First, Complainant, as noted above, has not established that it owned common law or unregistered rights in INDIAN HOTELS as of September 2016 when Respondent registered the disputed domain name and started using it with its hotel booking website focused on hotels in India. Consequently, Respondent’s use of the disputed domain name for a website to facilitate the booking of hotels in India could not be for the purpose of taking advantage of Complainant’s claimed but unproven trademark rights in INDIAN HOTELS. Second, the disputed domain name is a combination of two terms that together on their face can be seen as describing hotels that are based in India and/or hotels owned or operated by an Indian business (or possibly a native-American business). Given that Complainant has failed to prove trademark rights in INDIAN HOTELS, or that consumers associate INDIAN HOTELS as exclusively referring to Complainant, it appears to the Panel that because the disputed domain name is descriptive in nature and has been used by Respondent in its descriptive sense to refer to hotels based in India that could be booked through Respondent’s website, Respondent is using the domain name for a bona fide purpose, and not to play upon any alleged trademark rights of Complainant or to somehow mislead consumers into assuming a connection between Respondent and Complainant.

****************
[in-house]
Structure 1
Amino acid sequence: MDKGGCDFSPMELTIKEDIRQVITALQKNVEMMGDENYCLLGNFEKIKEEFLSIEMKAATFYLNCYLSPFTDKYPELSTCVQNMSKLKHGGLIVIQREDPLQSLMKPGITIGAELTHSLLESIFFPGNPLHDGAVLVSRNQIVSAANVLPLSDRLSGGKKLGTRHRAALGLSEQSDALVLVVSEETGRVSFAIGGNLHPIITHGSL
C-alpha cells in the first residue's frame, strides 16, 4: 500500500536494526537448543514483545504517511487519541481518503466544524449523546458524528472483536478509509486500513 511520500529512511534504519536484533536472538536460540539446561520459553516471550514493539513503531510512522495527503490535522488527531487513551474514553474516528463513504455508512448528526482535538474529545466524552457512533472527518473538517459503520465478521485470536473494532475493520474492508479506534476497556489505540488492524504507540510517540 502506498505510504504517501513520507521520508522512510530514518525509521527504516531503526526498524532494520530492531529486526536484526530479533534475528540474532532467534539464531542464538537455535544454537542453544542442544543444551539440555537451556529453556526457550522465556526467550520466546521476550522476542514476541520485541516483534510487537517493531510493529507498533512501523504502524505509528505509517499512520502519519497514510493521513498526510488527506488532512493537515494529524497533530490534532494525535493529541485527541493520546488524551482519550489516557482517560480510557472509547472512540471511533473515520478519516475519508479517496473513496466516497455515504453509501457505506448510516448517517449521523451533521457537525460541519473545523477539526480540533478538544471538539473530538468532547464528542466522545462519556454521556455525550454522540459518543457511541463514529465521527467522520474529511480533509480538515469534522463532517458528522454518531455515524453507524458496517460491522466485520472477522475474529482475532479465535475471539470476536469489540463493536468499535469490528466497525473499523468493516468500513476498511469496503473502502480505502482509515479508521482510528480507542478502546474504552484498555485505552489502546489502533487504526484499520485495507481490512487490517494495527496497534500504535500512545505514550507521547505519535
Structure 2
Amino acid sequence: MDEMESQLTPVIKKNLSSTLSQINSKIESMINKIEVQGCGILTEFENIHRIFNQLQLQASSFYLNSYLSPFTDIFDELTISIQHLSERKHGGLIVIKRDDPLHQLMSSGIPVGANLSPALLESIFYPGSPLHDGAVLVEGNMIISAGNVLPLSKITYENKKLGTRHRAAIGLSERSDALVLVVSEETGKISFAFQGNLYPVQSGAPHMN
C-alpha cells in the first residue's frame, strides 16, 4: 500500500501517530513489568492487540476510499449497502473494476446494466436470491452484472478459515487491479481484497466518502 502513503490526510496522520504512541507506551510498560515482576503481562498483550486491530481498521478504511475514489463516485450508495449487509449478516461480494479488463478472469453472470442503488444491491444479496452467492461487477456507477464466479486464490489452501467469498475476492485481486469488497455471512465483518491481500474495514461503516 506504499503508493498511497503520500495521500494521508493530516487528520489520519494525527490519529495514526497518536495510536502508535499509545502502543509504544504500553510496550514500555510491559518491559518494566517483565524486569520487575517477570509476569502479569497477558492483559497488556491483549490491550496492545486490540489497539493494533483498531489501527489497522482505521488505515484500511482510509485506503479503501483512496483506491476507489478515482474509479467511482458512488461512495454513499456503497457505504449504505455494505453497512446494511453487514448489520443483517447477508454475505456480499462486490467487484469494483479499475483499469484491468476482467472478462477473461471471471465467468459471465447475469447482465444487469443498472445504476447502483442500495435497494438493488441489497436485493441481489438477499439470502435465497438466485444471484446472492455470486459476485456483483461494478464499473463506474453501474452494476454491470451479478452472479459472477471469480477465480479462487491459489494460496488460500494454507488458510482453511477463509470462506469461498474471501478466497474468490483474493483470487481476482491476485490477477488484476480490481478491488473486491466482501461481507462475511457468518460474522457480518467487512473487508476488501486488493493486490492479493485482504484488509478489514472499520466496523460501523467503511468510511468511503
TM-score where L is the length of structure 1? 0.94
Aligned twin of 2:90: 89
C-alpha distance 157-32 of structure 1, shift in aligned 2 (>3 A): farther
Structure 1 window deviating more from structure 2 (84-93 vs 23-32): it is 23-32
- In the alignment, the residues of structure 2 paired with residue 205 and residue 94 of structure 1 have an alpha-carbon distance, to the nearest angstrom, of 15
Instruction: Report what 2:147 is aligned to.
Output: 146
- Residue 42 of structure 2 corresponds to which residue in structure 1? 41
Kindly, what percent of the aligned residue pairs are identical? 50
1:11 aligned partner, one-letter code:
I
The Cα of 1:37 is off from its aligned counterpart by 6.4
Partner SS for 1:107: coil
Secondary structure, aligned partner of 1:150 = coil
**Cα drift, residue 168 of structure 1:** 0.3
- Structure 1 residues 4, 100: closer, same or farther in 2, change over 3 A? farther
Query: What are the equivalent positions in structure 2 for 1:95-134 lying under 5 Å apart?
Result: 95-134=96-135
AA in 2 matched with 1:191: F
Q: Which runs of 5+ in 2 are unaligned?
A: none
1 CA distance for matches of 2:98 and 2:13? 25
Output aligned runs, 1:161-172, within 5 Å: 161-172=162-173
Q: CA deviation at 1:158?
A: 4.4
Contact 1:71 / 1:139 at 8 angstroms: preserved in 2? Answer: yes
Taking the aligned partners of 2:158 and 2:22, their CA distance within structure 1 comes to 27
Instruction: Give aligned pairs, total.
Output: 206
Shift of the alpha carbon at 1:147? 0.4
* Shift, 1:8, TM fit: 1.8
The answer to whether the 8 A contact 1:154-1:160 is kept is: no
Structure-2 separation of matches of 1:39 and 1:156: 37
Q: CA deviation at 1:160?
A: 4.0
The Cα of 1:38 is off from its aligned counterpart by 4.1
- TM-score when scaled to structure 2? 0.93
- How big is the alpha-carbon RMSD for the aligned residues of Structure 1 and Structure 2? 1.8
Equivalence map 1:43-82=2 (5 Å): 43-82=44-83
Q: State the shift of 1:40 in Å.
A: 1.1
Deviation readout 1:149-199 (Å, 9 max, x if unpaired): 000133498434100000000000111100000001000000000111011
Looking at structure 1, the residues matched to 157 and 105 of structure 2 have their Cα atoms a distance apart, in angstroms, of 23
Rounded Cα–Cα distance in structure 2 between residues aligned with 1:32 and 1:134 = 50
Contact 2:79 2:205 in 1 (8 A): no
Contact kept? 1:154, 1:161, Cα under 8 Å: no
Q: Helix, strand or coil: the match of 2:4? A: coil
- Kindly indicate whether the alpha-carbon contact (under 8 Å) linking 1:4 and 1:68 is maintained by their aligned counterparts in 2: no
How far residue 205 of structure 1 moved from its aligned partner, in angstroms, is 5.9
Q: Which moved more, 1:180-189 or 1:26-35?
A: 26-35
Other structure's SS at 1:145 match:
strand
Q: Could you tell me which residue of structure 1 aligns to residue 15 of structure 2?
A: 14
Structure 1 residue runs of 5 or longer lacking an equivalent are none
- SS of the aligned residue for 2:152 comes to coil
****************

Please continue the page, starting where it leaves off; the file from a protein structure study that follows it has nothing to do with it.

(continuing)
Based on the foregoing and on the evidence submitted, the Panel finds that Complainant has failed to successfully establish the second element of the Policy.

C. Registered and Used in Bad Faith

Although Complainant’s Complaint fails for failing to prove the second element of the Policy, Complainant’s Complaint likewise fails under the third element of bad registration and use. Under Paragraph 4(a)(iii) of the Policy, a complainant must establish the conjunctive requirement that the respondent registered and used the disputed domain name in bad faith. However, unlike the assessment of a respondent’s legitimate rights or interests in a disputed domain name, which have to be assessed at the time of the complaint, the question of whether a disputed domain name was registered in bad faith has to be assessed at the time of the registration of the disputed domain name by the respondent. See WIPO Overview 3.0 at section 3.8.1.